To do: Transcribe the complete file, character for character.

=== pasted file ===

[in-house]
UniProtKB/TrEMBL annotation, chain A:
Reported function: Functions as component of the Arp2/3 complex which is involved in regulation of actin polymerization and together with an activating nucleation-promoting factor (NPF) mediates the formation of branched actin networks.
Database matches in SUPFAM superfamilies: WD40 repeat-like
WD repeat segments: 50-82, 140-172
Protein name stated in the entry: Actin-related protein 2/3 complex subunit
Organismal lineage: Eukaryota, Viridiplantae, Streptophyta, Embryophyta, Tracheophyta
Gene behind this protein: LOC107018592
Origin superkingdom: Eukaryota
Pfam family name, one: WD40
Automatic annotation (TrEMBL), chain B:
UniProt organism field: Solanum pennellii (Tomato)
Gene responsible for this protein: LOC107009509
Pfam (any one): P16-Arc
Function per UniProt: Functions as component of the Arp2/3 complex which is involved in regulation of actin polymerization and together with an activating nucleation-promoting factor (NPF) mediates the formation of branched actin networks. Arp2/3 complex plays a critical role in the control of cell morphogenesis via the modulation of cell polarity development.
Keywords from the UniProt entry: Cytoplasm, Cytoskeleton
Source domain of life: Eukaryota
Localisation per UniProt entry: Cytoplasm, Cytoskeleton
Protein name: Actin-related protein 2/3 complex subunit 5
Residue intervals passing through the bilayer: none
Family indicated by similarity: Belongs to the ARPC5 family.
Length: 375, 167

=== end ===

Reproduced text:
[in-house]
UniProtKB/TrEMBL annotation, chain A:
Reported function: Functions as component of the Arp2/3 complex which is involved in regulation of actin polymerization and together with an activating nucleation-promoting factor (NPF) mediates the formation of branched actin networks.
Database matches in SUPFAM superfamilies: WD40 repeat-like
WD repeat segments: 50-82, 140-172
Protein name stated in the entry: Actin-related protein 2/3 complex subunit
Organismal lineage: Eukaryota, Viridiplantae, Streptophyta, Embryophyta, Tracheophyta
Gene behind this protein: LOC107018592
Origin superkingdom: Eukaryota
Pfam family name, one: WD40
Automatic annotation (TrEMBL), chain B:
UniProt organism field: Solanum pennellii (Tomato)
Gene responsible for this protein: LOC107009509
Pfam (any one): P16-Arc
Function per UniProt: Functions as component of the Arp2/3 complex which is involved in regulation of actin polymerization and together with an activating nucleation-promoting factor (NPF) mediates the formation of branched actin networks. Arp2/3 complex plays a critical role in the control of cell morphogenesis via the modulation of cell polarity development.
Keywords from the UniProt entry: Cytoplasm, Cytoskeleton
Source domain of life: Eukaryota
Localisation per UniProt entry: Cytoplasm, Cytoskeleton
Protein name: Actin-related protein 2/3 complex subunit 5
Residue intervals passing through the bilayer: none
Family indicated by similarity: Belongs to the ARPC5 family.
Length: 375, 167